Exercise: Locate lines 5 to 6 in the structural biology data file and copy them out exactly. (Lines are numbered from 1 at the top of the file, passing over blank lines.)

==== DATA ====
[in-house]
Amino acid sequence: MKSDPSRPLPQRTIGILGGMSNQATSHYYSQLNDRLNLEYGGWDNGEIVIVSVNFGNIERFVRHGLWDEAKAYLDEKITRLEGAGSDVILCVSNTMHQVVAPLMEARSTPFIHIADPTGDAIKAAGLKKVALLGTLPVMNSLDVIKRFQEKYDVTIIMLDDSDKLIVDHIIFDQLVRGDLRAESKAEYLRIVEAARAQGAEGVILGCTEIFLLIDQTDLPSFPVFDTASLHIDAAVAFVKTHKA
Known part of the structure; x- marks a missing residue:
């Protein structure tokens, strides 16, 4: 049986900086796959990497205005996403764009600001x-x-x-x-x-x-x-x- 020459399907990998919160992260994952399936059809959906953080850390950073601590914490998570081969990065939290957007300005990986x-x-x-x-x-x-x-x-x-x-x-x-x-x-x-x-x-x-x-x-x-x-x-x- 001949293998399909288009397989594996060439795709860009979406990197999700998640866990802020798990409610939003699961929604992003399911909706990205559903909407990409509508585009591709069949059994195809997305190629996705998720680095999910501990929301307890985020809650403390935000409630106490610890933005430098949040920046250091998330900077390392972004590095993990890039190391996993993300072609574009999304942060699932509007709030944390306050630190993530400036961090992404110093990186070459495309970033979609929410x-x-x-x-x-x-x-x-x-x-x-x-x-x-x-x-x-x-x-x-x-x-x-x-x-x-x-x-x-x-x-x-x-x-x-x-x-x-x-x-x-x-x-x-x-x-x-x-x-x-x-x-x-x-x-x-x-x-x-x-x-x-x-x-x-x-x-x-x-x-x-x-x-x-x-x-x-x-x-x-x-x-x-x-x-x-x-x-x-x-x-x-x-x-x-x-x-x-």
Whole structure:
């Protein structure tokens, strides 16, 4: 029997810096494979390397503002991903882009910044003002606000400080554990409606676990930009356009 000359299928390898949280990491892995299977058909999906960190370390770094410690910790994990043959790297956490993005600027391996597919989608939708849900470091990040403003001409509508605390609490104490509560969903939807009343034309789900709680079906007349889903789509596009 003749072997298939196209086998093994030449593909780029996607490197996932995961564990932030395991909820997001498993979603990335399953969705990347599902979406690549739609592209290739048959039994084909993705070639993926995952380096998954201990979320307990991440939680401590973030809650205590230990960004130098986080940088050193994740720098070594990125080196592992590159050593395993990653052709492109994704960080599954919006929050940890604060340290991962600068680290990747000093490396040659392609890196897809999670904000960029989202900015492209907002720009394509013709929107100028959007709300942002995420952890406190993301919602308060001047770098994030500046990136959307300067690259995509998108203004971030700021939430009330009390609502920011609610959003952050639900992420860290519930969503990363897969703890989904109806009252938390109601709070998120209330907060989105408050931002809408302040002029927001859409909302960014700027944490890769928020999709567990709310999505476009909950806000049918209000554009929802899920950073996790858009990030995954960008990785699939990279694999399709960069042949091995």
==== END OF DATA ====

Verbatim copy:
Whole structure:
């Protein structure tokens, strides 16, 4: 029997810096494979390397503002991903882009910044003002606000400080554990409606676990930009356009 000359299928390898949280990491892995299977058909999906960190370390770094410690910790994990043959790297956490993005600027391996597919989608939708849900470091990040403003001409509508605390609490104490509560969903939807009343034309789900709680079906007349889903789509596009 003749072997298939196209086998093994030449593909780029996607490197996932995961564990932030395991909820997001498993979603990335399953969705990347599902979406690549739609592209290739048959039994084909993705070639993926995952380096998954201990979320307990991440939680401590973030809650205590230990960004130098986080940088050193994740720098070594990125080196592992590159050593395993990653052709492109994704960080599954919006929050940890604060340290991962600068680290990747000093490396040659392609890196897809999670904000960029989202900015492209907002720009394509013709929107100028959007709300942002995420952890406190993301919602308060001047770098994030500046990136959307300067690259995509998108203004971030700021939430009330009390609502920011609610959003952050639900992420860290519930969503990363897969703890989904109806009252938390109601709070998120209330907060989105408050931002809408302040002029927001859409909302960014700027944490890769928020999709567990709310999505476009909950806000049918209000554009929802899920950073996790858009990030995954960008990785699939990279694999399709960069042949091995």